Hardly any Washington policymaker is worrying about inflation right now. Who blames them? The economy continues to contract; prices are falling, not rising; and, President Barack Obama speaks about years, not months, before things are better. Inflation seems about as remote right now as, well, a good return on your stock investments.
This inattention to future inflation is unfortunate: there are mounting signs that the big bugaboo of the 1970s might be ready for a return visit. No, I’m not seeing rising prices; but I am seeing the foundations of inflation in a dramatic expansion of the sources of money and credit. So, what’s up?
In the very center of contemporary macroeconomics is the view that dramatic growth in the supply of money and credit may likely lead to sharp increases in relative prices or to inflation. The economics go like this. When the Federal Reserve increases the supplies of money and credit above normal levels through lowering key bank interest rates, by expanding its own balance sheet to provide member banks more credit, or by simply printing more money; it changes the ratio between savings and consumption. More money is spent today than otherwise would be the case. The result: prices begin to rise (and, coincidentally, the first step is taken toward a possible recession).
However, given the aggressive way the Federal Reserve has reacted to the current recession, we may have cause to worry about inflation in the near future. The Fed has dramatically and famously slashed its key interest rates to near the rarely seen 0%. It also has substantially increased the liquidity of the Reserve System through a host of other actions. Since June, the monetary base (or, basically, the reserves held by banks plus the currency part of the money supply) has increased 108 percent. That is, the monetary base has doubled in half a year. More dramatic by far has been the 19 fold increase in reserves at member banks, from $43 billion in June to $821 billion at the end of December. (see charts)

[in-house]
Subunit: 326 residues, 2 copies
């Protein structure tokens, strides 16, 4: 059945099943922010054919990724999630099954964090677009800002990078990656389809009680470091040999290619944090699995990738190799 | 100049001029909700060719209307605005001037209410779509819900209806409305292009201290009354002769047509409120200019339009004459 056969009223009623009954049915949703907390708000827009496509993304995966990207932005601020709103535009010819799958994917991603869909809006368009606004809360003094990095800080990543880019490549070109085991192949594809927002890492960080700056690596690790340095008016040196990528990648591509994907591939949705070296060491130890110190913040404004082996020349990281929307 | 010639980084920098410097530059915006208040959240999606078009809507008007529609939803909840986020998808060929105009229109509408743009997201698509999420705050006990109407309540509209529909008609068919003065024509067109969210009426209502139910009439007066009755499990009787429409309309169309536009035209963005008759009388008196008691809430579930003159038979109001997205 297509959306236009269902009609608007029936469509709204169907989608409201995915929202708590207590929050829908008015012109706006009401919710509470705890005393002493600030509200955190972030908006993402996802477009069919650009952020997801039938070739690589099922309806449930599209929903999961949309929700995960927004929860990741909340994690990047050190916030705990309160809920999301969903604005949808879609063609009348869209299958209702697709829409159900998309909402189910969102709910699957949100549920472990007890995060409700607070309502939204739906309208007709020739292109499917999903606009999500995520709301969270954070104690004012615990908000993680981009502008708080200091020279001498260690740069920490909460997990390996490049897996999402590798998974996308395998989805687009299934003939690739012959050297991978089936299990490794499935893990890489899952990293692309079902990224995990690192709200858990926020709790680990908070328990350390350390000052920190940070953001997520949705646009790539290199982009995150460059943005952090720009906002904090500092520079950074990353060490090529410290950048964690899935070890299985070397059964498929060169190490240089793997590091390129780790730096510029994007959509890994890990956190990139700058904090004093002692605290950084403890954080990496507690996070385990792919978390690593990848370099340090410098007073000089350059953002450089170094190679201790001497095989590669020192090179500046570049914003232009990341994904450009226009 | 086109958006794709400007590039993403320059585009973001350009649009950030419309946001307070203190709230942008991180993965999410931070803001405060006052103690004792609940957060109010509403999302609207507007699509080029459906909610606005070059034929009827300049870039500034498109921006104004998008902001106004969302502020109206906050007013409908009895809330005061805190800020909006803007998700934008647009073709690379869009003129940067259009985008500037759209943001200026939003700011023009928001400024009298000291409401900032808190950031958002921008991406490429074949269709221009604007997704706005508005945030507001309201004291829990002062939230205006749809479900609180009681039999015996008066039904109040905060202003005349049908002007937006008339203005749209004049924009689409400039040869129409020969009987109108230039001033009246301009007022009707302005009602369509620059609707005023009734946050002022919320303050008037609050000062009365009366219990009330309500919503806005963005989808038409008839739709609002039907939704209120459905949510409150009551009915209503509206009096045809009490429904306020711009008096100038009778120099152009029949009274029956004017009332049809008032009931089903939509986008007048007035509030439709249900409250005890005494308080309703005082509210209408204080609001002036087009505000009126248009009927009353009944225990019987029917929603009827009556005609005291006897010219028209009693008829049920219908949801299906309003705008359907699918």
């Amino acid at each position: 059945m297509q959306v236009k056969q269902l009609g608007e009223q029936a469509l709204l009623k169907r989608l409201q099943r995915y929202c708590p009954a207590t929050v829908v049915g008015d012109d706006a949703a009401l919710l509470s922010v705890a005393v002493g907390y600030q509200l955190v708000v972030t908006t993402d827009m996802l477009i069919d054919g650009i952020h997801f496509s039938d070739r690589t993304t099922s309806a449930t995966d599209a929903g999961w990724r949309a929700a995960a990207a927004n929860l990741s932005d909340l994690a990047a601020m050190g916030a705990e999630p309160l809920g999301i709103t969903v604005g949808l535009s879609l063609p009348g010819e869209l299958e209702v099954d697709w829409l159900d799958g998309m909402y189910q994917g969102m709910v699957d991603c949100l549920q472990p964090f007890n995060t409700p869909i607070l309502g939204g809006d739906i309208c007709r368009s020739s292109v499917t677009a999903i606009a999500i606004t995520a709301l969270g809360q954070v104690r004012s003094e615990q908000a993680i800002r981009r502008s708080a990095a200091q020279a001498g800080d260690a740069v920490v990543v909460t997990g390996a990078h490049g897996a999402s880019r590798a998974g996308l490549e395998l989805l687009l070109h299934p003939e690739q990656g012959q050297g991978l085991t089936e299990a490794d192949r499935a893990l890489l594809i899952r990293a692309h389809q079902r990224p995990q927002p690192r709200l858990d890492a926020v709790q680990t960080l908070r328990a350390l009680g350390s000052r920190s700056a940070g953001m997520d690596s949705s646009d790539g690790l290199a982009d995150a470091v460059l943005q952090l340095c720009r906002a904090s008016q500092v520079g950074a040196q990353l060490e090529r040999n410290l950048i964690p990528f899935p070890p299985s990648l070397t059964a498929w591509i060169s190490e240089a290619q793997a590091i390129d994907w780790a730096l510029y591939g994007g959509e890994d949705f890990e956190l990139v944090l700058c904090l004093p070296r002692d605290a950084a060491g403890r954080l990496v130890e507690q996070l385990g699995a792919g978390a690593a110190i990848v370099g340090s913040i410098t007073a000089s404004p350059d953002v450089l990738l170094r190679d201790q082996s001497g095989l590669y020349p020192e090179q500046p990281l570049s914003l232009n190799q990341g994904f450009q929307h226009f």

Because financial institutions are lending at very low levels now, the inflationary threat from all of these excess reserves and from growth in the monetary base is virtually zero. As long as the economy continues to slump, we’re safe from rapid price increases.
However, economic recovery hopefully will be accompanied by increased lending. That’s the whole idea of the Bush and Obama administrations’ financial recovery programs. So, what happens if lending does recover? Given the tremendous amount of liquidity that the Fed has introduced into the financial system, prices may begin moving back up quickly. In other words, we could be in for a lot of inflation.
We could be, but that depends on what the Federal Reserve decides to do. On the one hand, the Fed could support the recovery and tolerate the growth of inflation. On the other hand, it could focus on the many terrible threats of inflation to our economy’s future and squeeze the liquidity down to stable levels. That decision would cause the economy to slow and might stymie recovery.